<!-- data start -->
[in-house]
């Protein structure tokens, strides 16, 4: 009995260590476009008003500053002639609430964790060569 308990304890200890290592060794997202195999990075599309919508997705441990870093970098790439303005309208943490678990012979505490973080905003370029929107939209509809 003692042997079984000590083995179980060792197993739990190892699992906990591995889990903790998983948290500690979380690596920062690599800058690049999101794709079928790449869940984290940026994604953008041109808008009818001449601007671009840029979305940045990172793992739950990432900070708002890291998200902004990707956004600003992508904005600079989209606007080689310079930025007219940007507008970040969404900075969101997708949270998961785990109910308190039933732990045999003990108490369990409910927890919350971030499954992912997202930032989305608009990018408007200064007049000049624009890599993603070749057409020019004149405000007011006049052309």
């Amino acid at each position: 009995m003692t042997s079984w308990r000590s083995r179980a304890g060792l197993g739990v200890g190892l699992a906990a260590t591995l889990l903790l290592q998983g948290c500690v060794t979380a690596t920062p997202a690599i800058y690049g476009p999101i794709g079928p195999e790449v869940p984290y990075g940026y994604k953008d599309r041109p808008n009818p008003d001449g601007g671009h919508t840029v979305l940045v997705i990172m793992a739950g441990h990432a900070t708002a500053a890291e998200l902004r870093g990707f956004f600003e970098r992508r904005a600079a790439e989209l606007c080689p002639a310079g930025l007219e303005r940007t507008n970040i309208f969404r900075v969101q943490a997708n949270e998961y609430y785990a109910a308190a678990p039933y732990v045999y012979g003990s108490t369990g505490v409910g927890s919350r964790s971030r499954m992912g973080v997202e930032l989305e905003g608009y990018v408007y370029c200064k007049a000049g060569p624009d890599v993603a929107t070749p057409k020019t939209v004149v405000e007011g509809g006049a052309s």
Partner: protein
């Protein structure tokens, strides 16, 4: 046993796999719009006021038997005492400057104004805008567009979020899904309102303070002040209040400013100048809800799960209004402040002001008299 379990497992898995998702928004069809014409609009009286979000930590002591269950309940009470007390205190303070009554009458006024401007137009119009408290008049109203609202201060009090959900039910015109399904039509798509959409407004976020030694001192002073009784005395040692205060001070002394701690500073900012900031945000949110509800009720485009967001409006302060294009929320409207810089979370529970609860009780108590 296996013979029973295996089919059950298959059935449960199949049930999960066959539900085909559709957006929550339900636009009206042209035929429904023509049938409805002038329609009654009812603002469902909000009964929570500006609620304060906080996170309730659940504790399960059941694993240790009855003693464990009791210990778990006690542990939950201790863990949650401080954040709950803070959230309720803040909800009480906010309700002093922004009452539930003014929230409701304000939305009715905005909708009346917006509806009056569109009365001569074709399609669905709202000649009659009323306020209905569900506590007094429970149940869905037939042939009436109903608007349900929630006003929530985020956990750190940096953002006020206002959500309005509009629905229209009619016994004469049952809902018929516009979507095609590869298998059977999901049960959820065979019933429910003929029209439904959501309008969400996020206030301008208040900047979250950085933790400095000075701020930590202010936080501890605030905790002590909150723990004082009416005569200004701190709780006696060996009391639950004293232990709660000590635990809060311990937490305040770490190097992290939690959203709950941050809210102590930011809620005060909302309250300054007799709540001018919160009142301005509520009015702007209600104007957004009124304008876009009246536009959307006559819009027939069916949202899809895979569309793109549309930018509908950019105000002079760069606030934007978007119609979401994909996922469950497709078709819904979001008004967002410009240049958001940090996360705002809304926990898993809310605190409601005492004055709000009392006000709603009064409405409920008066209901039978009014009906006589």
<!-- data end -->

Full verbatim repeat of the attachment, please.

[in-house]
């Protein structure tokens, strides 16, 4: 009995260590476009008003500053002639609430964790060569 308990304890200890290592060794997202195999990075599309919508997705441990870093970098790439303005309208943490678990012979505490973080905003370029929107939209509809 003692042997079984000590083995179980060792197993739990190892699992906990591995889990903790998983948290500690979380690596920062690599800058690049999101794709079928790449869940984290940026994604953008041109808008009818001449601007671009840029979305940045990172793992739950990432900070708002890291998200902004990707956004600003992508904005600079989209606007080689310079930025007219940007507008970040969404900075969101997708949270998961785990109910308190039933732990045999003990108490369990409910927890919350971030499954992912997202930032989305608009990018408007200064007049000049624009890599993603070749057409020019004149405000007011006049052309």
């Amino acid at each position: 009995m003692t042997s079984w308990r000590s083995r179980a304890g060792l197993g739990v200890g190892l699992a906990a260590t591995l889990l903790l290592q998983g948290c500690v060794t979380a690596t920062p997202a690599i800058y690049g476009p999101i794709g079928p195999e790449v869940p984290y990075g940026y994604k953008d599309r041109p808008n009818p008003d001449g601007g671009h919508t840029v979305l940045v997705i990172m793992a739950g441990h990432a900070t708002a500053a890291e998200l902004r870093g990707f956004f600003e970098r992508r904005a600079a790439e989209l606007c080689p002639a310079g930025l007219e303005r940007t507008n970040i309208f969404r900075v969101q943490a997708n949270e998961y609430y785990a109910a308190a678990p039933y732990v045999y012979g003990s108490t369990g505490v409910g927890s919350r964790s971030r499954m992912g973080v997202e930032l989305e905003g608009y990018v408007y370029c200064k007049a000049g060569p624009d890599v993603a929107t070749p057409k020019t939209v004149v405000e007011g509809g006049a052309s």
Partner: protein
């Protein structure tokens, strides 16, 4: 046993796999719009006021038997005492400057104004805008567009979020899904309102303070002040209040400013100048809800799960209004402040002001008299 379990497992898995998702928004069809014409609009009286979000930590002591269950309940009470007390205190303070009554009458006024401007137009119009408290008049109203609202201060009090959900039910015109399904039509798509959409407004976020030694001192002073009784005395040692205060001070002394701690500073900012900031945000949110509800009720485009967001409006302060294009929320409207810089979370529970609860009780108590 296996013979029973295996089919059950298959059935449960199949049930999960066959539900085909559709957006929550339900636009009206042209035929429904023509049938409805002038329609009654009812603002469902909000009964929570500006609620304060906080996170309730659940504790399960059941694993240790009855003693464990009791210990778990006690542990939950201790863990949650401080954040709950803070959230309720803040909800009480906010309700002093922004009452539930003014929230409701304000939305009715905005909708009346917006509806009056569109009365001569074709399609669905709202000649009659009323306020209905569900506590007094429970149940869905037939042939009436109903608007349900929630006003929530985020956990750190940096953002006020206002959500309005509009629905229209009619016994004469049952809902018929516009979507095609590869298998059977999901049960959820065979019933429910003929029209439904959501309008969400996020206030301008208040900047979250950085933790400095000075701020930590202010936080501890605030905790002590909150723990004082009416005569200004701190709780006696060996009391639950004293232990709660000590635990809060311990937490305040770490190097992290939690959203709950941050809210102590930011809620005060909302309250300054007799709540001018919160009142301005509520009015702007209600104007957004009124304008876009009246536009959307006559819009027939069916949202899809895979569309793109549309930018509908950019105000002079760069606030934007978007119609979401994909996922469950497709078709819904979001008004967002410009240049958001940090996360705002809304926990898993809310605190409601005492004055709000009392006000709603009064409405409920008066209901039978009014009906006589």